Property Tax Billings


Proration is a concept necessary in the transfer of real estate in Ohio, because real estate taxes are paid “in arrears.”  In other words, the bills that were sent out in January, 2014 were actually for the tax period January, 2013 through June, 2013 taxes, and the bills that come out in June, 2014, will be for the tax period July, 2013 through December, 2013 taxes.  Real estate property taxes are actually billed and assessed one year in arrears.  Ohio real estate taxes may be paid in two, semi annual installments.

Because of the payment in arrears phenomenon, the taxpayer is, in effect, paying taxes based on a non-current valuation of their property. Nonetheless, most real estate contracts contain a clause to the effect that “real estate taxes and assessments shall be prorated based on the latest available tax duplicate”.

For the buyer, it's very important to know how the sellers tax bill is reconciled at settlement. Depending upon your contract terms and  the month that you close, the current tax duplicate that is billed and due and payable at the time of closing, whether it be for the first half taxes for the prior year or the second half taxes for the prior year,  will be paid through closing, and the remaining taxes that will be billed and owed by the seller in the future will be prorated through the closing date. The escrow officer may NOT actually pay the county treasurer's office directly as many buyer's would think, unless the tax bill is then currently due and payable at the time of the closing.  The county treasurer will not accept any payment of taxes for future billings other than those shown on a current tax duplicate. The escrow officer will calculate the taxes the seller owes based on the current tax duplicate.  He will then deduct the seller's tax amount owed from the seller's proceeds of the sale and credit the buyer this same amount. This transaction will clearly be shown on the HUD-1 statement given to both the buyer and seller at closing. The HUD-1 statement outlines by whom, or to whom, every penny in the transaction is paid or earned.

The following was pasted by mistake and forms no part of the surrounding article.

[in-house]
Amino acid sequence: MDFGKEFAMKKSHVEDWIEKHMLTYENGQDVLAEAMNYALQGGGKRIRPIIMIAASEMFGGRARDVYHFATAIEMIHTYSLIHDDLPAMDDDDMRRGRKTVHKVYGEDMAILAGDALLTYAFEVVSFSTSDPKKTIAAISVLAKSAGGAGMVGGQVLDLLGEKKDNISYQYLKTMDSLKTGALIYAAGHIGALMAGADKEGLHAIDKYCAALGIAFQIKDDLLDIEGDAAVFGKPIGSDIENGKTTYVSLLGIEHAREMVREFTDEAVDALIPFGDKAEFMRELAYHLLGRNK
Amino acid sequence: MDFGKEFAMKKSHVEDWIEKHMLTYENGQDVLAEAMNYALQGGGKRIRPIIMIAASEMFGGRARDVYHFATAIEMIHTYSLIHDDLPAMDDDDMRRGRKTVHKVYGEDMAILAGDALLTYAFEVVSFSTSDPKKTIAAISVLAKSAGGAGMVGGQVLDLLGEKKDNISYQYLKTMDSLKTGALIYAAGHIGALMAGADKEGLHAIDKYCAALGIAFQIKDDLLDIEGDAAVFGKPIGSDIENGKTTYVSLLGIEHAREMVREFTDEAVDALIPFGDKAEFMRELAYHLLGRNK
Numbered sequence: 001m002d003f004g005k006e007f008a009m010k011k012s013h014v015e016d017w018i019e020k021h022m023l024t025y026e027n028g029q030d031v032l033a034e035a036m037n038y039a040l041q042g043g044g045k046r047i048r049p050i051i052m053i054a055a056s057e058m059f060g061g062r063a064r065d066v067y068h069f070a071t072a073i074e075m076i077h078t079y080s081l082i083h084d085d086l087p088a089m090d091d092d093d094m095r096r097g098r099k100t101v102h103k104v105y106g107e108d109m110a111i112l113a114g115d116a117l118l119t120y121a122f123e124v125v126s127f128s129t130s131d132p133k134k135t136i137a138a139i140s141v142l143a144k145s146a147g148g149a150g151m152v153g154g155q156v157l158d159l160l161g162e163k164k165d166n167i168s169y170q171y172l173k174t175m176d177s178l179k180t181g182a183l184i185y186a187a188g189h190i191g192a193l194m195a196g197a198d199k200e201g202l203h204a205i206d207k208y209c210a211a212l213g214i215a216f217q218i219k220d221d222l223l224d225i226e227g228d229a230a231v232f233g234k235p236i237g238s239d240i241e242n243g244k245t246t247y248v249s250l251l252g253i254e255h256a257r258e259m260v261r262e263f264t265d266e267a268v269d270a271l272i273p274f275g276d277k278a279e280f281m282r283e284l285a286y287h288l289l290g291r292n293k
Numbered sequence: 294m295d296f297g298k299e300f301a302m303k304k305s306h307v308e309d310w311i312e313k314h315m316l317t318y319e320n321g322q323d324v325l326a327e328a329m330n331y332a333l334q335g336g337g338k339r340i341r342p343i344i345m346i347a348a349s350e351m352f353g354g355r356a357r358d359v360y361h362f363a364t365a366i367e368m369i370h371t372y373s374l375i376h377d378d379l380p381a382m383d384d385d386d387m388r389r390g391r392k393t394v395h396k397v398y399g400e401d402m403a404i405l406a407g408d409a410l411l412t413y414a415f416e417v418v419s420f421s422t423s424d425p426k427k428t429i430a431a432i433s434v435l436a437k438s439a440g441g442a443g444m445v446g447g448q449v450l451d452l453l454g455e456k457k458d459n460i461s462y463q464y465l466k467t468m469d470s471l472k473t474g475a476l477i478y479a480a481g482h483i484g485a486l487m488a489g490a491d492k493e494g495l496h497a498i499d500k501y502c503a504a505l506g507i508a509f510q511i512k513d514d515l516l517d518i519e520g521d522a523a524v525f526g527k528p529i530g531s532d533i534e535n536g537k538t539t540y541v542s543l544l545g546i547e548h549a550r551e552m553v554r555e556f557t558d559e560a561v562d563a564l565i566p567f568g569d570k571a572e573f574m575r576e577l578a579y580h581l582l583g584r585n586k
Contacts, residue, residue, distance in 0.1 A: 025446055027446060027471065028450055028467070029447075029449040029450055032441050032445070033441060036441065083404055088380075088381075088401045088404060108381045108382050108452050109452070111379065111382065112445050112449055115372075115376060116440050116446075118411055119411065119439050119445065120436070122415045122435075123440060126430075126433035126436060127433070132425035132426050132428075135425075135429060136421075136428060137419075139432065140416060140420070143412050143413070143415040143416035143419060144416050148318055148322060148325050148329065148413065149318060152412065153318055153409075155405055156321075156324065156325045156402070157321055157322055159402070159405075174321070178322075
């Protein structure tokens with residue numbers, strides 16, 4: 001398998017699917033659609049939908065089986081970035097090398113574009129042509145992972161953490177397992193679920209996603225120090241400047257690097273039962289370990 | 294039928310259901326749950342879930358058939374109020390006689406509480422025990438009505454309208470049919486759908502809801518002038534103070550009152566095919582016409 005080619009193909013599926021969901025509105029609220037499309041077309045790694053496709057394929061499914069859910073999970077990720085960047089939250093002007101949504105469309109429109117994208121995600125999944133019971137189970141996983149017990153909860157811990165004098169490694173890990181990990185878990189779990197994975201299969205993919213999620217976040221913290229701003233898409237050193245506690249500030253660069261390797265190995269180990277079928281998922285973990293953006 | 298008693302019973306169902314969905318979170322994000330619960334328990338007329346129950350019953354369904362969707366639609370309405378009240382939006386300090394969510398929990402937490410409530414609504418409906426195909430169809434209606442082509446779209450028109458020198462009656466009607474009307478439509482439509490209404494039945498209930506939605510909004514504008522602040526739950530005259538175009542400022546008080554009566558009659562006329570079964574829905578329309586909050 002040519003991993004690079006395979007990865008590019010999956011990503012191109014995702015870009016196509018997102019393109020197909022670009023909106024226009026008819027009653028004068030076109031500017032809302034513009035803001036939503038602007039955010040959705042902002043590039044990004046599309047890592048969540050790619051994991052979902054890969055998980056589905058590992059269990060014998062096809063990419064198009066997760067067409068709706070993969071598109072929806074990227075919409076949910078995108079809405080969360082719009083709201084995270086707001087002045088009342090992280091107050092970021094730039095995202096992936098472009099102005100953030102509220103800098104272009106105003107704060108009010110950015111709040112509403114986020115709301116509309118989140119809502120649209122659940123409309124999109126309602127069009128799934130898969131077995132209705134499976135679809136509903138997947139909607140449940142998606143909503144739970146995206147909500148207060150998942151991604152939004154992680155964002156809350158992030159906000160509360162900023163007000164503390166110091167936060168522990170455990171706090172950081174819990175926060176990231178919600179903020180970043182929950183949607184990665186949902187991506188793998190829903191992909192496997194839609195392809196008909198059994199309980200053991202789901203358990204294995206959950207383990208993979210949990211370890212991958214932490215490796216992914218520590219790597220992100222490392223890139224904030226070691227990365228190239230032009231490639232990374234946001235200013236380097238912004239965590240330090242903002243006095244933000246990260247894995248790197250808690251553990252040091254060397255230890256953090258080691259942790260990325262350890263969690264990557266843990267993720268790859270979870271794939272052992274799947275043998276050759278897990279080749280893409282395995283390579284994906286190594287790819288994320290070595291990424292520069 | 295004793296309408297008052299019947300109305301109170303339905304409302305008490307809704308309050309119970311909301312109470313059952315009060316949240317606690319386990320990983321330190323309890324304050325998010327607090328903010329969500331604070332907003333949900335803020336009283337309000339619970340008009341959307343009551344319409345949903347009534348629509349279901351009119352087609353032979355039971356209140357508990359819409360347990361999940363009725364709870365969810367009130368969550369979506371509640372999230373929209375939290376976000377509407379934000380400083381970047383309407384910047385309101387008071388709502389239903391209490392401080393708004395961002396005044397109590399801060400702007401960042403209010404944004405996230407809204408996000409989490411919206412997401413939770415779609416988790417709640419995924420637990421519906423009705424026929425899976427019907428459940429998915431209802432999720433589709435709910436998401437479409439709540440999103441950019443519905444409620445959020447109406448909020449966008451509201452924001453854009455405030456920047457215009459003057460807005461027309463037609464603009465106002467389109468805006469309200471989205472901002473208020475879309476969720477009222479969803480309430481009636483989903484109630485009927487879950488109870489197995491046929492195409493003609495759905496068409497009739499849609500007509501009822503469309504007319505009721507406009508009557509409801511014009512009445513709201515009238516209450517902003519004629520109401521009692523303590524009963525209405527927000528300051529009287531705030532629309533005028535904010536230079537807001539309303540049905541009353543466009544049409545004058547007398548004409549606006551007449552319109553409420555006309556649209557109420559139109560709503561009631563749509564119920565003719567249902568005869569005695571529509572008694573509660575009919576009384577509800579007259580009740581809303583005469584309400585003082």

After the buyer takes possession of the property he will receive his first property tax statement, and depending upon when the closing took place the bill would be received around January or June. That statement will cover the prior year taxes. Because as a buyer you did not own the house for the time the tax valuation is figured. you may think a mistake has been made and assert, "The seller should already have paid these taxes!"  He did pay them. He paid you. You were credited the taxes owed for this period at closing. You, the new owner, must now pay this bill when it actually comes due. Because many buyers don't have a clear understanding of the procedure, they are caught short of funds. Make sure your closing agent explains in detail how property taxes are handled, and what your responsibilities are.

If your taxes are included in your monthly mortgage payments, your lender will collect a 1/12 of your annual real estate tax amount with your monthly payment  and put it an escrow account sometimes called an escrow reserve account or impound account.  The actual tax bill should go to and is paid by the lender.   If you get a tax bill and your paying your lender the taxes in an impound account, be sure that you send the tax bill to your lender.  In our area the treasurer only sends out one tax bill, so that would mean that your lender did not receive the tax bill to pay.  The homeowner will receive an annual summary statement from the lender. This can be used to claim your property tax deduction if you itemize your federal tax return.